What MacAskill and his colleague are unable to report back on, are the endless jokes amongst Iranians on the street that bufoon President Ahmadi-Nejad, or the mocking of nuclear slogans that were shouted in every street corner in Iran during the Iranian fire festivals. The reason for this failure is simple, their sources are never from a cross section of opinions. Some sources seem to provide better cheese and wine.

12 comments:

Anonymous said...

There is a lot of sympathy at the Guardian/BBC for anyone who is against America or Israel.

If the Devil spoke out against George Bush, be sure the Guardian would start making nice comments about him.

Morality has nothing to do with this, its just team politics.

Anonymous said...

There is hardly any facts in Ewen MacAskill's report, its all hear say and according to this official and that diplomat. What happened to factual reporting? Very poor standard from th eGuardian diplomatic editor if you ask me.

Anonymous said...

You guys think it is bad reporting because you don't like to hear that Ahmadinejad is (unfortunately) very popular.

Anyone who has visited Iran recently (or in fact some parts of the middle east) will be able to tell you about the popularity of Ahmadi N.

Lets not fool ourselves. As the shrinks say the first step in healing is acceptance. In this case, the first step in opposing Ahmadi N should be accepting that he is popular amongst the masses.

Now Azarmehr will call me a regime apologist or part of the Islamic Republic. When we have opposition like this, what hope do we have to topple the IR?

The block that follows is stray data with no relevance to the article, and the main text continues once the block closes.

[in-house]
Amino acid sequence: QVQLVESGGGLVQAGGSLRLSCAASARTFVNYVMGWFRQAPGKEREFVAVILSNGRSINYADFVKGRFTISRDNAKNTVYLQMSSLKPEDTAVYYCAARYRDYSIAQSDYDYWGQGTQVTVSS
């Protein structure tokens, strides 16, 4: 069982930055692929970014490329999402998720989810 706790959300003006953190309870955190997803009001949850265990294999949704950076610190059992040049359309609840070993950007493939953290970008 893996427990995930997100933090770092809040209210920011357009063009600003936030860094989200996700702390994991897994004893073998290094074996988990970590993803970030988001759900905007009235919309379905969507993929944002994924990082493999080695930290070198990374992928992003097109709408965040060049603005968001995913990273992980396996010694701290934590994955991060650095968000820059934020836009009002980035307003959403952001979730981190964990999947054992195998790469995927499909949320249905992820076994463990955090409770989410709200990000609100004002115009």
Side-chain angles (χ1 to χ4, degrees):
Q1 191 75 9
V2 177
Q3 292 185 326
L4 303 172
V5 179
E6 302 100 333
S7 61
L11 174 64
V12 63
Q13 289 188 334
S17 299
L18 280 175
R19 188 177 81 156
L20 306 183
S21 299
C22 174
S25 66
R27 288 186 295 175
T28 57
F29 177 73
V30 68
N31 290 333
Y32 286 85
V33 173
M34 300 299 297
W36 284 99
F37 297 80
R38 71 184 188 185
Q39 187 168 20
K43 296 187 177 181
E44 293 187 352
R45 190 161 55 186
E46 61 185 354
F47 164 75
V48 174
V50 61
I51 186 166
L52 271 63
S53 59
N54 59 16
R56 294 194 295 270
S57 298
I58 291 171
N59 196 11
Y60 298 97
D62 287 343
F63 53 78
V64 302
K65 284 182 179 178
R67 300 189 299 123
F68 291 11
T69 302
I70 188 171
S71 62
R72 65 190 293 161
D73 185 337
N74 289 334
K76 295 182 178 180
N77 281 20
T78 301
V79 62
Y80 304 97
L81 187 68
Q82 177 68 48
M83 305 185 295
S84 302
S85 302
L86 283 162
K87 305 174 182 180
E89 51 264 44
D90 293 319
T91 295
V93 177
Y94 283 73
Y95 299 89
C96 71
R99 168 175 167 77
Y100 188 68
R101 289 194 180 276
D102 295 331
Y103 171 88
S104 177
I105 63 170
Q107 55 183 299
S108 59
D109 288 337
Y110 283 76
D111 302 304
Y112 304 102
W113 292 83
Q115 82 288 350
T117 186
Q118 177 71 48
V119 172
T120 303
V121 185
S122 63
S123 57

Azarmehr said...

I accept that Ahmadi-Nejad may be popular amongst Arab and other Islamic population, like Nasser was at one time, but tell me how you arrive at the conclusion that Ahmadi N is popular in Iran?
How do you gauge this popularity? You see some people visit Iran and their friends and relatives. Then they think their own little circle equates to "majority of the people"
If Ahmadi-N was so popular in Iran, why did he fail to reinforce the strict Islamic dress code again? Why is he so scared of a gathering of 200 women or so?
Surely he should be so confident to say, hey I am so popular I dont care about a gathering of 200 women!

Anonymous said...

Spot on. People talk to their friends who have visited Iran or make a few phone calls and they think they know what is going on in Iran.

How do you gauge popularity? Read the Guradian again and look at the results of this guy's election.

As for the 200 women, all I know is that every little story is being magnified by armchair journalists like you. This is fine but do not divert too much from reality.

Azarmehr said...

The reality is that you can not have a free election in Iran and you can not have a free poll in Iran. Some Islamic reformists like Abbas Abdi with revolutionary credentials tried to have a poll on what Iranians think about America but they were soon jailed. That is the reality. If a regime is popular they wouldnt need to crackdown on 200 women or so.

Anonymous said...

nice piece! please continue to be vigilant of the press ... its clear they have an agenda. thanks for keeping us informed.

Anonymous said...

As one of Nasser Hadian's previous students, I vehemently disagree. As will pretty much anybody who was in my class. Get your facts straight and try to understand the world of public policy, idiot.

Azarmehr said...

Looks like Nasser Hadian taught you well how to have a debate, i.e. nothing to back your arguments with and no manners.

Anonymous said...

It was certainly interesting for me to read the article. Thanks for it. I like such themes and everything that is connected to this matter. I would like to read more on that blog soon.

Elcid said...

well said Azarmehr :)

Anonymous said...

hi i read ure post, although it was for 6 years ago....
actually i was searching about my professor DR.Hadian...and when i read those words of u about him i was totally taken a back...
i doesnt seem like this...r u sure????